• Habit 5 is at the Sefirah of Hod which is associated with dedication and surrender
  • Habit 6 is at the Sefirah of Yesod which is associated with connectivity and procreative power
  • Habit 7 is at the Sefirah of Malkhut which is associated with humility and relationship


“Balance renewal is optimally synergetic. The things we do to sharpen the saw in any one dimension they have positive impact in other dimensions because they are so highly interrelated. The Seven Habits of Highly Effective People create optimum synergy among these dimensions.”
– Stephen Covey

That quote will take on new meaning in a moment.

Going back to the Introduction to this study, when I first heard we were going to go through this StrengthsFinder assessment, I read through the book and its details about the 4 Domains and the 34 Strengths it presented. Each of the 34 Strengths is given a description with examples. I found that these descriptions closely matched the way that Covey explained the 7 Habits and that it was possible to take each one of the Strengths and assign it to a corresponding Habit. Most of these were clear ‘matches.’ There were a few Strengths that could have been aligned with a couple of different Habits – for these I chose alignment with the one I felt it more closely resembled.

We will begin by taking the four Domains of Leadership, the four Level of Existence & Covey’s four Dimensions of Renewal, as we did in a previous section, and next creating a “grid” by intersecting them with the 7 Habits as follows:



Next, we will align each of the 34 Strengths with its corresponding Habit.

To the right again are the 34 Strengths as organized by Domain according to StrenghtsFinder.

We will proceed one level/dimension at a time before showing how they all plot on the graph.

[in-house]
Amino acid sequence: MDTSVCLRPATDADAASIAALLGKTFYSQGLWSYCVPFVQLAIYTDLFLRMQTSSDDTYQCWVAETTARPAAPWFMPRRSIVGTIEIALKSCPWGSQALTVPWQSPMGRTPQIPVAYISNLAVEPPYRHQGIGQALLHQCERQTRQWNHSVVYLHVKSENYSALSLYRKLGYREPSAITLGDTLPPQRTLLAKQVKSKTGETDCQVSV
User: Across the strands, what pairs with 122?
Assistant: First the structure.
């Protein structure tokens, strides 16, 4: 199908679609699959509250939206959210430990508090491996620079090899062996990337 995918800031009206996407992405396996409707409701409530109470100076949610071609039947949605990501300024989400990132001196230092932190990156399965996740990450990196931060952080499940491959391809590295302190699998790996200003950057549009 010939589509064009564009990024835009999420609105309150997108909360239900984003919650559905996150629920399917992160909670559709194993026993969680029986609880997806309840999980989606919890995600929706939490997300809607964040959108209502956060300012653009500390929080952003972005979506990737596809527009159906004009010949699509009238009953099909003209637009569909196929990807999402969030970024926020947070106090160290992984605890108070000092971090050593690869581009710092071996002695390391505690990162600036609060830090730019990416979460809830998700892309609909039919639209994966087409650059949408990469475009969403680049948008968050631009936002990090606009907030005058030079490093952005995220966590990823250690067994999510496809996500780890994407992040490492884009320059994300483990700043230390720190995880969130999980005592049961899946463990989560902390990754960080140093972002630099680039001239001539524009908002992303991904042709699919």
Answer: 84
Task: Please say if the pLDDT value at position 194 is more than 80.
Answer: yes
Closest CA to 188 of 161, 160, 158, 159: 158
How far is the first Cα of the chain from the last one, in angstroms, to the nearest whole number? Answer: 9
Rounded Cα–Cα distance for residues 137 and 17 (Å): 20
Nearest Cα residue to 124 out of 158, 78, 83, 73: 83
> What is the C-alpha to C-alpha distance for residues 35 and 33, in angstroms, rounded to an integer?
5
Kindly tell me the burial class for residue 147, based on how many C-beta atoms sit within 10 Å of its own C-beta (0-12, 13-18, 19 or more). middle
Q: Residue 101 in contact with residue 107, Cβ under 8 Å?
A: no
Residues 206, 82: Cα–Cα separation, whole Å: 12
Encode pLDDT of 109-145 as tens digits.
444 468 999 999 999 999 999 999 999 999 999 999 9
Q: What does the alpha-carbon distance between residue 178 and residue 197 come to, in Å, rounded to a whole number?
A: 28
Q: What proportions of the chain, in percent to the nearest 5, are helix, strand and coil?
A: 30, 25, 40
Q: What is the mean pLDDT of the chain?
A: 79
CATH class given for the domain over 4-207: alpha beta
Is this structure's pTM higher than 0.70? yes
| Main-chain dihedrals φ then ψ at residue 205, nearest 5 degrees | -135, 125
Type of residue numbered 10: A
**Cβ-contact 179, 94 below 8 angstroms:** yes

In each sub-section below we will also show examples of how each Strength aligns with the Habit on the Tree of Life diagram by citing text directly from each Strength section in the book.


Our first alignment will be at the top level of Influencing which is also the level of Spiritual and Value Clarification.


COMPARATIVE EXAMPLES (Descriptions are from StrengthsFinder 2.0)

  • 1 – Activator: “When can we start?” Analysis and debate have use but only action is real and makes things happen. You must put yourself out there.
  • 2 – Self Assurance: You have confidence not only in your abilities but in your judgment. You alone have the authority to form conclusions, make decisions and act.
  • 3 – Command: Once your goal is set, you feel restless until you have aligned it with others. You … “take a stance and ask others to more in a certain direction.”
  • 4 – Woo: You strike up conversations to learn names, ask questions, find common interests. Strangers are energizing. Once connection is made, you wrap up & move on.
  • 5 – Competition: Rooted in comparison. You are instinctively aware of other people’s performance. You like measurement, because it facilitates comparisons.
  • 6 – Communication/Significance: Want to feel admired as well as associate with those you admire. You like to explain, describe, host, speak in public and write.
  • 7 – Maximizer: Transforming something strong into something superb. Having found a strength, you feel compelled to nurture it, refine it and stretch it toward excellence.


Our second alignment is at the level of Strategic Planning which is also the level of Mental and Planning.


COMPARATIVE EXAMPLES (Descriptions are from StrengthsFinder 2.0):

  • 1 – Context: You look back because that’s where answers lie, where original intentions were.
  • 2 – Futuristic: You love to peer over the horizon … it keeps pulling you forward. The exact content of the picture will depend on your other strengths and interests.
  • 3 – Intellection: You like mental activity … the exact focus depends on your other strengths. Introspective … may lead you to more pragmatic matters.
  • 4 – Input: Inquisitive. You collect things. You read not to refine but to add more info to your archives.